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Poor DDL support in Microsoft access…

Posted on 2004-03-31
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Last Modified: 2008-03-06
Poor DDL in Microsoft access…

Why can’t I use this DDL?

create table Currency
(
    CurCode              Text(3)         not null,
    CurName             Text(35),
    Memo                 Memo,       
constraint PK_CURRENCY primary key (CurCode)
);

The table name currency is not allowed within DDL and also the column name memo is not accepted. When I change those names into CCurrency and Memo into Comment, I can execute the DDL. When I enter into designer mode I can change those names back into Currency and Memo again. Why the difference between DDL and a real hand job?

Also cascade delete and update can not be defined within DDL?

Any work around?
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Question by:JeePeeTee
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by:Steve Bink
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Currency and Memo are reserved words for those data types.  You should always avoid using those names as field names.  The best result is confusion when you look at the code; the worst, a crash.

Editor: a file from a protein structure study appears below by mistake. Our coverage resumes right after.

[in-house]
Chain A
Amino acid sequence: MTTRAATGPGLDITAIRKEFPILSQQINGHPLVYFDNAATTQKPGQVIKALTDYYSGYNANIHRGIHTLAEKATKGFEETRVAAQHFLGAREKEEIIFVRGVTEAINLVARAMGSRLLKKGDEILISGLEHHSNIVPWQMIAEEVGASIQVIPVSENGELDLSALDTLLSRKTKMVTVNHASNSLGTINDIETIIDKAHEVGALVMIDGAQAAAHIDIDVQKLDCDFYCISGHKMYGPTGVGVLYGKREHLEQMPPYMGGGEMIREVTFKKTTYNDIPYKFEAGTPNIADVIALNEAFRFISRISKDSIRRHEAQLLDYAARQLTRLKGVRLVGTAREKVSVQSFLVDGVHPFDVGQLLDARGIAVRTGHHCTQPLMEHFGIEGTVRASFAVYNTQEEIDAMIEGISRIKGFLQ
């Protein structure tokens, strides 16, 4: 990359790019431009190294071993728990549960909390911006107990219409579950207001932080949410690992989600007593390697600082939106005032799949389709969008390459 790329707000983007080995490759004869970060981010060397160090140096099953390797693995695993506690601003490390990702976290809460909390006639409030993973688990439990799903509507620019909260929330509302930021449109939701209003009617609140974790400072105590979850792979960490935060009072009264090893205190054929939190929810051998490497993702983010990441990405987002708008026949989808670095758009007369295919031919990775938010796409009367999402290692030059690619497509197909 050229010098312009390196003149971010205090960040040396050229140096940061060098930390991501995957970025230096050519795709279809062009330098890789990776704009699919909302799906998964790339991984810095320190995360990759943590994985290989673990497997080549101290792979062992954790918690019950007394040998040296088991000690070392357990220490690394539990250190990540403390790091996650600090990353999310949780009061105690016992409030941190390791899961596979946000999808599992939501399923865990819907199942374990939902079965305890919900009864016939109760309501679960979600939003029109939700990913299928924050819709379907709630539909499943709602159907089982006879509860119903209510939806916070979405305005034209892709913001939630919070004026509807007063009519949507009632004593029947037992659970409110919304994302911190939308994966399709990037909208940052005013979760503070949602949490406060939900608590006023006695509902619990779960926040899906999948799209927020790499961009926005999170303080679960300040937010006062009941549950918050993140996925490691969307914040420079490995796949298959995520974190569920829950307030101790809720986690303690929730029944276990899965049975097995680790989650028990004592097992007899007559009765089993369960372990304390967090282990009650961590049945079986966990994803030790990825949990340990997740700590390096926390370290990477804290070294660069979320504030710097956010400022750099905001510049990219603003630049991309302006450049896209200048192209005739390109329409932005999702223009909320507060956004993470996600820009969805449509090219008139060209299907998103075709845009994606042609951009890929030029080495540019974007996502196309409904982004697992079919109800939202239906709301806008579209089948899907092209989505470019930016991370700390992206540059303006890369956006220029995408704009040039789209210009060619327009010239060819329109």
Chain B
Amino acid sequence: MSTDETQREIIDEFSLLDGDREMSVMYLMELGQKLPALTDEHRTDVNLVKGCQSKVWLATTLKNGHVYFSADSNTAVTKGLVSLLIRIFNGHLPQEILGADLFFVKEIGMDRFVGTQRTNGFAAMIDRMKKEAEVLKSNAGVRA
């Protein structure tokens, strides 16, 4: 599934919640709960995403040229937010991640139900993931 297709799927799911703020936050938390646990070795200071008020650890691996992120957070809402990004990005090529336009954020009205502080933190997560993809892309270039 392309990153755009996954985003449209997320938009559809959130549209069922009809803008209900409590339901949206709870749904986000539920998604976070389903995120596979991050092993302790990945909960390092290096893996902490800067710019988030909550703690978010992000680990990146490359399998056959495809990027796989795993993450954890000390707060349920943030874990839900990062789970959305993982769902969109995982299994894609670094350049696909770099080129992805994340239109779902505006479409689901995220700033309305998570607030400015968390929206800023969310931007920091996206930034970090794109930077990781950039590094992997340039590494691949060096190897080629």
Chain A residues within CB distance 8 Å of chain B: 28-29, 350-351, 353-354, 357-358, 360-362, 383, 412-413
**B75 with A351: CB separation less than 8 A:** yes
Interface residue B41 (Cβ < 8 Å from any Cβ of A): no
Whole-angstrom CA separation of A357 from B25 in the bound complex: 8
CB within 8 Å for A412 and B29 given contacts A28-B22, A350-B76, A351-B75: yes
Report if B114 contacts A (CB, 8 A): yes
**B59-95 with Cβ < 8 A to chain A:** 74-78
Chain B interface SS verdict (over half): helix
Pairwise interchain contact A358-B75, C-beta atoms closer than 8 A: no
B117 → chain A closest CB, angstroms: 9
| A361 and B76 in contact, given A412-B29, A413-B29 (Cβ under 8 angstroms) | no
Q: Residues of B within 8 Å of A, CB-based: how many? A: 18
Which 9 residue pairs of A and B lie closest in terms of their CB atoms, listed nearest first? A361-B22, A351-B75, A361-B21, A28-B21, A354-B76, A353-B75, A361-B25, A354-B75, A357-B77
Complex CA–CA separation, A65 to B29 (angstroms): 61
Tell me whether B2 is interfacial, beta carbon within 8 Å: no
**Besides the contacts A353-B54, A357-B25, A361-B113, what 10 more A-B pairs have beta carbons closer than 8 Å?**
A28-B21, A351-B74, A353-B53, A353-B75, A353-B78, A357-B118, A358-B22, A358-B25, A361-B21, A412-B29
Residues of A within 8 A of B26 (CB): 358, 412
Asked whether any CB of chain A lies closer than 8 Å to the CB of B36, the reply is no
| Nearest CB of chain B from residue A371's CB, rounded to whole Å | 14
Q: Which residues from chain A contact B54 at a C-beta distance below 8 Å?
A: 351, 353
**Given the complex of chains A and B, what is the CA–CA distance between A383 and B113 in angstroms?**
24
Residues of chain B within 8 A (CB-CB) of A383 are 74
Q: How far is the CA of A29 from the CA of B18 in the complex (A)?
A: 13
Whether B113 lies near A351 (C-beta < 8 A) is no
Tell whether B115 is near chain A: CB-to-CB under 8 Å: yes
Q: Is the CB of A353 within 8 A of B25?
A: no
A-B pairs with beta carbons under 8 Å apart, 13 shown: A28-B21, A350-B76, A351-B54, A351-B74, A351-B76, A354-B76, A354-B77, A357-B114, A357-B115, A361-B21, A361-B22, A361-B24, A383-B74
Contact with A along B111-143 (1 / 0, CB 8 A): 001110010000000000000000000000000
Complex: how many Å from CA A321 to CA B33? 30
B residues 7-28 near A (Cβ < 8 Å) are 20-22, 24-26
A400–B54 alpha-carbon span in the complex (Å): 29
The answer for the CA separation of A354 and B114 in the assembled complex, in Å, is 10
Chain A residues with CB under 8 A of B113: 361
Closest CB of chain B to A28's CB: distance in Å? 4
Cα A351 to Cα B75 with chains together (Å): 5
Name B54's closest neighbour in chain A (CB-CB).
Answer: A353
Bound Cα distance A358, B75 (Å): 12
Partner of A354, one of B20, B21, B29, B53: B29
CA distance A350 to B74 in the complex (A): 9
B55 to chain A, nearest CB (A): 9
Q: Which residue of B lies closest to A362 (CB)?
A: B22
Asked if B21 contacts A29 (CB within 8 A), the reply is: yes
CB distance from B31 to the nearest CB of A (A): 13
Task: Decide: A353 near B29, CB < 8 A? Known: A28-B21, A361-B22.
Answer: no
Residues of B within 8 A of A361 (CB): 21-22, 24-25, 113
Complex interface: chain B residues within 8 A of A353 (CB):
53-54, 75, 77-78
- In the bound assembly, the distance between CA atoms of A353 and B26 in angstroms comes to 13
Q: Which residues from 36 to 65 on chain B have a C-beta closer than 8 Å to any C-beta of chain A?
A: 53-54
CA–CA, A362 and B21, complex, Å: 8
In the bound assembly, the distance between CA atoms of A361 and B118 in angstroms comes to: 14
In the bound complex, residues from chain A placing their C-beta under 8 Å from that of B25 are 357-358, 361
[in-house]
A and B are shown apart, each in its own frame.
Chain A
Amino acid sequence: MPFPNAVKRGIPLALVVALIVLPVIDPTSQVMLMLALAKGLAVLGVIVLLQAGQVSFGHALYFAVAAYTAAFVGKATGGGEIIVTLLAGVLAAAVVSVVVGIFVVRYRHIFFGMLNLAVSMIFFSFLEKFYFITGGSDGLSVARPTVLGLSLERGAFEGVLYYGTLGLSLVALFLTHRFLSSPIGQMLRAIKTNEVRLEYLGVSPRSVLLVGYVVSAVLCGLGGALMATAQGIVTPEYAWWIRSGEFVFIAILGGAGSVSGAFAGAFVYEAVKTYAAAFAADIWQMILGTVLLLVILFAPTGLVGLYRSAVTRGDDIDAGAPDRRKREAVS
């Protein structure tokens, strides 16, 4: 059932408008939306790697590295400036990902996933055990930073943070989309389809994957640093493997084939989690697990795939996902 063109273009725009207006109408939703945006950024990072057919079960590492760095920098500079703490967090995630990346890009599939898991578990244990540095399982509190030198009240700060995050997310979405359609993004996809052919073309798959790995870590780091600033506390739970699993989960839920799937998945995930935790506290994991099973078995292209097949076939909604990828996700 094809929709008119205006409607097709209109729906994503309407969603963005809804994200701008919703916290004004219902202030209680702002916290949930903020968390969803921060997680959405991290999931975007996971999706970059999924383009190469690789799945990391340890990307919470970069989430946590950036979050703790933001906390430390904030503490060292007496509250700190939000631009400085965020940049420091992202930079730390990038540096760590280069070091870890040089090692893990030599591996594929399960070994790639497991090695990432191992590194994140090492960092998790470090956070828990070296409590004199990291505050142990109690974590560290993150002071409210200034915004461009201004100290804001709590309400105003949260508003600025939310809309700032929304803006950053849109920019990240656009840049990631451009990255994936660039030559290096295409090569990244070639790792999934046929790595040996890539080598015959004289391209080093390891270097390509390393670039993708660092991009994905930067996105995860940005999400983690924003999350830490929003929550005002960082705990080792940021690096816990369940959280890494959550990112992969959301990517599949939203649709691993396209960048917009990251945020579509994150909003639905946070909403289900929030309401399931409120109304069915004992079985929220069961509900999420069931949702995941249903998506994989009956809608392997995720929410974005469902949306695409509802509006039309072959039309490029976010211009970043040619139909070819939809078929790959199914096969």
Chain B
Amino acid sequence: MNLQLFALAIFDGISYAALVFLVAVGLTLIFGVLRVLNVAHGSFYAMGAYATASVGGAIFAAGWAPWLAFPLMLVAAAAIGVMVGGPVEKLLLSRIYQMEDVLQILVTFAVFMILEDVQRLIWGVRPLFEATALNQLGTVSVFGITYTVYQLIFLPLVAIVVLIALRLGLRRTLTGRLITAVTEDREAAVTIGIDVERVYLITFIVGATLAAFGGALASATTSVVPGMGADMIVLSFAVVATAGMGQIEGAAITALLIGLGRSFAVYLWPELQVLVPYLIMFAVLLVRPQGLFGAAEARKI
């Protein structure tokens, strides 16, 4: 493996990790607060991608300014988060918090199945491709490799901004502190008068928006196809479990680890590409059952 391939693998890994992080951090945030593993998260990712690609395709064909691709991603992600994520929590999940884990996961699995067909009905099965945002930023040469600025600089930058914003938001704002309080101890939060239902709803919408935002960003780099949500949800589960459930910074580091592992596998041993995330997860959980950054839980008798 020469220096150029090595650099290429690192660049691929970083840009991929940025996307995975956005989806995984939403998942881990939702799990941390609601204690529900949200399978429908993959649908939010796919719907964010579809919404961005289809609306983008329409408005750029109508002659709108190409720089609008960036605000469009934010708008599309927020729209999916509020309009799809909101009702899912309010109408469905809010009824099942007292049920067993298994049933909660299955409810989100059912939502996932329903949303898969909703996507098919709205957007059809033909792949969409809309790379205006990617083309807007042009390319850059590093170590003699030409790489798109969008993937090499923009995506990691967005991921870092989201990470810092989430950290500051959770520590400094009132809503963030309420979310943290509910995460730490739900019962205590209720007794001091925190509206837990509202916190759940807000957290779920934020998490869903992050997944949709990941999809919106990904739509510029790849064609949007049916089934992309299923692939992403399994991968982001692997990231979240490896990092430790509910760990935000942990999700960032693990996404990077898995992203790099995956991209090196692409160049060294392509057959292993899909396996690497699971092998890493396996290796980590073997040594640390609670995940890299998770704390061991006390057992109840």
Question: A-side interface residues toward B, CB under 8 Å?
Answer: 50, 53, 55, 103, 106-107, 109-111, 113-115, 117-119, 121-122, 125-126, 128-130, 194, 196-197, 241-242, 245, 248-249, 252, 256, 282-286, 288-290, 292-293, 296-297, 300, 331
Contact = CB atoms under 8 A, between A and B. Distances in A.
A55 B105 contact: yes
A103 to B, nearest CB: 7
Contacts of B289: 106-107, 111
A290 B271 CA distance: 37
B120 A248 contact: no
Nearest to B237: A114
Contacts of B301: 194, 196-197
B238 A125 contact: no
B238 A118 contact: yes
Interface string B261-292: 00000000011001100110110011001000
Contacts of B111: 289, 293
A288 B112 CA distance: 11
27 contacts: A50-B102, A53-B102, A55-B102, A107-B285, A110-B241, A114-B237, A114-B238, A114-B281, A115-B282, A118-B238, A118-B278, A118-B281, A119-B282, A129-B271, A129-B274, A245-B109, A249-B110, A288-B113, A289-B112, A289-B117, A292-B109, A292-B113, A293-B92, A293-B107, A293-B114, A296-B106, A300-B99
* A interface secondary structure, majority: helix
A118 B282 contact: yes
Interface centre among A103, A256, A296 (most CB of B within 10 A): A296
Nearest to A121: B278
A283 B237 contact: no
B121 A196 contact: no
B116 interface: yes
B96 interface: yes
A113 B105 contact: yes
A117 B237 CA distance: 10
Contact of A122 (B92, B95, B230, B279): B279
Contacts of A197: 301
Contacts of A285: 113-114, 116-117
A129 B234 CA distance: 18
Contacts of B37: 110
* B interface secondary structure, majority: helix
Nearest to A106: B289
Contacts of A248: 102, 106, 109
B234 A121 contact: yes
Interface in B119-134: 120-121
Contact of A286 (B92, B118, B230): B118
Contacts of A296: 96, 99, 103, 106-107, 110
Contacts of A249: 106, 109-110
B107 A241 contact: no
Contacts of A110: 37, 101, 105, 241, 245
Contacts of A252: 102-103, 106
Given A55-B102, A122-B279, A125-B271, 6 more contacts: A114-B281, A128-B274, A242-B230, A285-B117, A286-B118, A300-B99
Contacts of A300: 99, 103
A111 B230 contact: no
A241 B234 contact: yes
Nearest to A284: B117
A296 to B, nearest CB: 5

Is there a reason you need to do this using DDL?
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by:JeePeeTee
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Hello Routunet...

Yes I make use of Power Designer from where I generate the database. This is also the place where I design and modify the defintions. This tool can make DDL scripts or generate the database by an ODBC connection and generates it on the fly!

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by:Steve Bink
Comment Utility
handy tool indeed!  Have you tried using the ODBC method?  Does this present the same problems?

I'll admit, I'm not familliar with DDL at all, but ODBC I can do, and it meshes with ADO constructs inside Access as well.
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Author Comment

by:JeePeeTee
Comment Utility
ODBC uses DDL and shows the same problems and limitations.

Strange enough, when you make use of the access designer, you can rename the table back into currency and the field back into memo.
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Steve Bink earned 50 total points
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Yeah, you can USE those field names, but it is not recommended, and likely to cause errors in areas that are built to look for them.  From within Access, not a problem since you can always put [Currency] to make sure it knows it is a field name.
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by:Data-Man
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I have found that if you put brackets around table/field names, you can get away with a lot in Access and SQL Server.  

Just my two cents worth...maybe only a penny.

Thanks,
Mike
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